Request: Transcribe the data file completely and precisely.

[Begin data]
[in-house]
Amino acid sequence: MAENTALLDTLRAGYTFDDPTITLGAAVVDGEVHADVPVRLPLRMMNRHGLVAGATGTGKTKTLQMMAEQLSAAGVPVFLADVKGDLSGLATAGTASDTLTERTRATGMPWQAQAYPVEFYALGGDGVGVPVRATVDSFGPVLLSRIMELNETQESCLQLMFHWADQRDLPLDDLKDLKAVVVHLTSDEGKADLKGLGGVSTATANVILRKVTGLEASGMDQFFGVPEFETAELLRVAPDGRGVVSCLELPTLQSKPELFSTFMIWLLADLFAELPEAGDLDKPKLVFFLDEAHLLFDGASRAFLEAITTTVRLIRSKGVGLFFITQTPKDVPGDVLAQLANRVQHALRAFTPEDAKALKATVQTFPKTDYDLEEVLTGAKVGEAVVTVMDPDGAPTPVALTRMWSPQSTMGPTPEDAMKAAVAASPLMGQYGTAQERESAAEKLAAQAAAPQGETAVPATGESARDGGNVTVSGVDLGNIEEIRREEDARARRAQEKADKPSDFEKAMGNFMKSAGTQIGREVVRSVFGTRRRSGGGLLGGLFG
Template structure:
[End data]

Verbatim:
[in-house]
Amino acid sequence: MAENTALLDTLRAGYTFDDPTITLGAAVVDGEVHADVPVRLPLRMMNRHGLVAGATGTGKTKTLQMMAEQLSAAGVPVFLADVKGDLSGLATAGTASDTLTERTRATGMPWQAQAYPVEFYALGGDGVGVPVRATVDSFGPVLLSRIMELNETQESCLQLMFHWADQRDLPLDDLKDLKAVVVHLTSDEGKADLKGLGGVSTATANVILRKVTGLEASGMDQFFGVPEFETAELLRVAPDGRGVVSCLELPTLQSKPELFSTFMIWLLADLFAELPEAGDLDKPKLVFFLDEAHLLFDGASRAFLEAITTTVRLIRSKGVGLFFITQTPKDVPGDVLAQLANRVQHALRAFTPEDAKALKATVQTFPKTDYDLEEVLTGAKVGEAVVTVMDPDGAPTPVALTRMWSPQSTMGPTPEDAMKAAVAASPLMGQYGTAQERESAAEKLAAQAAAPQGETAVPATGESARDGGNVTVSGVDLGNIEEIRREEDARARRAQEKADKPSDFEKAMGNFMKSAGTQIGREVVRSVFGTRRRSGGGLLGGLFG
Template structure: